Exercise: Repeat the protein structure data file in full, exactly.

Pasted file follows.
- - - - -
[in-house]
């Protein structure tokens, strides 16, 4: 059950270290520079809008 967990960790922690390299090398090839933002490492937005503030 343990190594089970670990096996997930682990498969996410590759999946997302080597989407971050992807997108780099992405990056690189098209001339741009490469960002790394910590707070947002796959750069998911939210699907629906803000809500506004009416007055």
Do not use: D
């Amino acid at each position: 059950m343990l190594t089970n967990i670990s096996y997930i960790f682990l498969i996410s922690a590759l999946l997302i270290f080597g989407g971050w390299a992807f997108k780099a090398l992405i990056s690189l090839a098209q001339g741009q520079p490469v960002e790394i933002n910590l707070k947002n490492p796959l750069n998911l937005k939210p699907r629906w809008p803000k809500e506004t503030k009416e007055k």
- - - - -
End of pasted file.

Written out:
[in-house]
């Protein structure tokens, strides 16, 4: 059950270290520079809008 967990960790922690390299090398090839933002490492937005503030 343990190594089970670990096996997930682990498969996410590759999946997302080597989407971050992807997108780099992405990056690189098209001339741009490469960002790394910590707070947002796959750069998911939210699907629906803000809500506004009416007055």
Do not use: D
């Amino acid at each position: 059950m343990l190594t089970n967990i670990s096996y997930i960790f682990l498969i996410s922690a590759l999946l997302i270290f080597g989407g971050w390299a992807f997108k780099a090398l992405i990056s690189l090839a098209q001339g741009q520079p490469v960002e790394i933002n910590l707070k947002n490492p796959l750069n998911l937005k939210p699907r629906w809008p803000k809500e506004t503030k009416e007055k």